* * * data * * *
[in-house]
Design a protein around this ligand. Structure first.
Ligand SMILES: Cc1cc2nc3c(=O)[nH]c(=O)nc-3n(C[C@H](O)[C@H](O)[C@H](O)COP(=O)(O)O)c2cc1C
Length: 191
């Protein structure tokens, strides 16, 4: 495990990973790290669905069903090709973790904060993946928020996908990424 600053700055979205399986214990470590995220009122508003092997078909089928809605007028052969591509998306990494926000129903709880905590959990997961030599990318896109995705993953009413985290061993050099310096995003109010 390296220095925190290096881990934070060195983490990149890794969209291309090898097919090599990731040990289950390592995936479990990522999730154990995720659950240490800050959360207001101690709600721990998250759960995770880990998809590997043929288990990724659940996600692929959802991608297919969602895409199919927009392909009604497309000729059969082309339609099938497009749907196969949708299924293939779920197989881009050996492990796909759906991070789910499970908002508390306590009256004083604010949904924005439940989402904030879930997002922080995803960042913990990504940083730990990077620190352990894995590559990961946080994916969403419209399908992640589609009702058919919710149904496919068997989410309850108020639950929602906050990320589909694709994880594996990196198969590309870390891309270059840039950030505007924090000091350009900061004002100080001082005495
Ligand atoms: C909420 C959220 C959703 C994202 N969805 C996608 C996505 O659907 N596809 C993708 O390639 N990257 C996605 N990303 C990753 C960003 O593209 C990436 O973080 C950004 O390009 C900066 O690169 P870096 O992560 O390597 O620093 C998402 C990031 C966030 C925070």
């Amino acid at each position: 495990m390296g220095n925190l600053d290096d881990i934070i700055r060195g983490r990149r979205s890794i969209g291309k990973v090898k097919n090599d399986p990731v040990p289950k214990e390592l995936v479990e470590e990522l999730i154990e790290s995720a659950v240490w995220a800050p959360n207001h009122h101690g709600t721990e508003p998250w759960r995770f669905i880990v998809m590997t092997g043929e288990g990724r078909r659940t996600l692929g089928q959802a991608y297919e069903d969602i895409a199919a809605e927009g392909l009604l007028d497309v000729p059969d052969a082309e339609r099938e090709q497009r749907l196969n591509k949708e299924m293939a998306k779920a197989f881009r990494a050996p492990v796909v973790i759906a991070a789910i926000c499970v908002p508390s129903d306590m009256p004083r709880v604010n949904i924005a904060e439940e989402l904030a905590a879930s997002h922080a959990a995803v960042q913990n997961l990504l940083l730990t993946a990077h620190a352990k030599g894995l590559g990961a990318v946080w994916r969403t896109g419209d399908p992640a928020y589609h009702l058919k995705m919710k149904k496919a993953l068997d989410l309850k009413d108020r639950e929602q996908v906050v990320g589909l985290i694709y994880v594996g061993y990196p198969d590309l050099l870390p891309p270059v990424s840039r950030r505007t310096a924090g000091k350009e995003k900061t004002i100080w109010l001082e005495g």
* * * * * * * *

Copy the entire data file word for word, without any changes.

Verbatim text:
[in-house]
Design a protein around this ligand. Structure first.
Ligand SMILES: Cc1cc2nc3c(=O)[nH]c(=O)nc-3n(C[C@H](O)[C@H](O)[C@H](O)COP(=O)(O)O)c2cc1C
Length: 191
């Protein structure tokens, strides 16, 4: 495990990973790290669905069903090709973790904060993946928020996908990424 600053700055979205399986214990470590995220009122508003092997078909089928809605007028052969591509998306990494926000129903709880905590959990997961030599990318896109995705993953009413985290061993050099310096995003109010 390296220095925190290096881990934070060195983490990149890794969209291309090898097919090599990731040990289950390592995936479990990522999730154990995720659950240490800050959360207001101690709600721990998250759960995770880990998809590997043929288990990724659940996600692929959802991608297919969602895409199919927009392909009604497309000729059969082309339609099938497009749907196969949708299924293939779920197989881009050996492990796909759906991070789910499970908002508390306590009256004083604010949904924005439940989402904030879930997002922080995803960042913990990504940083730990990077620190352990894995590559990961946080994916969403419209399908992640589609009702058919919710149904496919068997989410309850108020639950929602906050990320589909694709994880594996990196198969590309870390891309270059840039950030505007924090000091350009900061004002100080001082005495
Ligand atoms: C909420 C959220 C959703 C994202 N969805 C996608 C996505 O659907 N596809 C993708 O390639 N990257 C996605 N990303 C990753 C960003 O593209 C990436 O973080 C950004 O390009 C900066 O690169 P870096 O992560 O390597 O620093 C998402 C990031 C966030 C925070």
């Amino acid at each position: 495990m390296g220095n925190l600053d290096d881990i934070i700055r060195g983490r990149r979205s890794i969209g291309k990973v090898k097919n090599d399986p990731v040990p289950k214990e390592l995936v479990e470590e990522l999730i154990e790290s995720a659950v240490w995220a800050p959360n207001h009122h101690g709600t721990e508003p998250w759960r995770f669905i880990v998809m590997t092997g043929e288990g990724r078909r659940t996600l692929g089928q959802a991608y297919e069903d969602i895409a199919a809605e927009g392909l009604l007028d497309v000729p059969d052969a082309e339609r099938e090709q497009r749907l196969n591509k949708e299924m293939a998306k779920a197989f881009r990494a050996p492990v796909v973790i759906a991070a789910i926000c499970v908002p508390s129903d306590m009256p004083r709880v604010n949904i924005a904060e439940e989402l904030a905590a879930s997002h922080a959990a995803v960042q913990n997961l990504l940083l730990t993946a990077h620190a352990k030599g894995l590559g990961a990318v946080w994916r969403t896109g419209d399908p992640a928020y589609h009702l058919k995705m919710k149904k496919a993953l068997d989410l309850k009413d108020r639950e929602q996908v906050v990320g589909l985290i694709y994880v594996g061993y990196p198969d590309l050099l870390p891309p270059v990424s840039r950030r505007t310096a924090g000091k350009e995003k900061t004002i100080w109010l001082e005495g």